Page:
Large-scale gene flow patterns, however, seem to be different across regions. For example, Baums et al. (2005 [Acropora palmata]) and Vollmer and Palumbi (2007 [A. cervicornis]) showed significant genetic population structures between the western and eastern regions of the Caribbean (2,000 km). This may have been the result of regional small eddies in the spawning season around Puerto Rico, the boundary area between the western and eastern populations in the Caribbean (Baums et al. 2006). Magalon et al. (2005) also detected genetic differentiation in isolated island systems between Tonga and French Polynesia at similar spatial scales (2,000 km). In contrast, Ayre and Hughes (2000) detected no clear genetic structure in some coral species over 2,000 km scales in the Great Barrier Reef (but see Smith-Keune and van Oppen 2006). Among four coral species in the Ryukyu Archipelago, genetic differentiation was detected between the southern and central Ryukyus in two of the species, but the other two showed no significant genetic differentiation (Figures 2, 3). Large-scale gene flow patterns in corals are complex and may be dependent on specific regional features, including historical and present physical factors such as currents.
Only a few reports have shown clear relationships of isolation by distance in corals (reviewed in van Oppen and Gates 2006). Although the examination of genetic isolation by distance has the potential to increase confidence in the biological significance of small Fst values (Palumbi 2003), no relationship between genetic differentiation (Fst) and geographic distance has been reported in any coral in the Ryukyu Archipelago (Adjeroud and Tsuchiya 1999, Kimmie 2003; Nishikawa unpubl. data). Hellberg (1994, 1995) conducted an allozyme study with the brooding temperate coral Balanophyllia elegans on the Pacific coast of North America. He found the expected slope for isolation by distance at medium spatial scales (1–50 km), but slopes at larger (100–1,000 km) distances were shallower than expected for a strict stepping-stone model. The time required for the influence of migration to equilibrate with genetic drift is generally long (Hellberg 2007 and references therein); thus he suggested that genetic drift under low levels of gene flow took many generations to reflect these results. In addition, Johnson and Black (2006) suggested that complex hydrodynamics associated with island systems may have disrupted patterns of isolation by distance in the intertidal snail Austrocochlea constricta in Western Australia. Based on empirical data, detection of isolation by distance has only been reported in a few corals and found to be variable by region and species, leading to complex pairwise estimates of population subdivisions, especially in corals. In addition, complicated genetic structures of corals may be related to destructive events, such as bleaching, outbreaks of crown-of-thorns starfish, and disease. Thus, investigations of the relationship between the genetic structure and such destructive events should be informative in coral reef conservation.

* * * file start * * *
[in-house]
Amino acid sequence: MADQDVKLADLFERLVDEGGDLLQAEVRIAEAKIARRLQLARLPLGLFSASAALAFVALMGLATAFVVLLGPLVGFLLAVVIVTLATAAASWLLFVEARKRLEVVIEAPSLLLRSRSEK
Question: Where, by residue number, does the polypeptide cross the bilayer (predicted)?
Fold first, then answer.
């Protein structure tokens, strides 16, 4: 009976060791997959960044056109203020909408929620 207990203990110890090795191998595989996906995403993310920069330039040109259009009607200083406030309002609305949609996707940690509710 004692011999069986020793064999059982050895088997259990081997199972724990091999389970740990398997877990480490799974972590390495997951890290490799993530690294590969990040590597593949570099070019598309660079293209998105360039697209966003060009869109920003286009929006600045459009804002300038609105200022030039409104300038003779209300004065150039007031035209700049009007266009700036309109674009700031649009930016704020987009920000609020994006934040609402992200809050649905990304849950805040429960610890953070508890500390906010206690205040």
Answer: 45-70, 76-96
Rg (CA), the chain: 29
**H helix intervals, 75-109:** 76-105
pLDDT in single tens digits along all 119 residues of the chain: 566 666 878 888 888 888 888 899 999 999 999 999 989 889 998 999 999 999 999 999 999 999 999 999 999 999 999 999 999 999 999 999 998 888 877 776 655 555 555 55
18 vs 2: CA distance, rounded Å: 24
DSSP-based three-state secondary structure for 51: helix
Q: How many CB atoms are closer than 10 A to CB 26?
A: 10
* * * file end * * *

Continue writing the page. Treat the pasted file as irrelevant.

IMPLICATIONS FOR CORAL CONSERVATION
Status of Corals in the Ryukyu Archipelago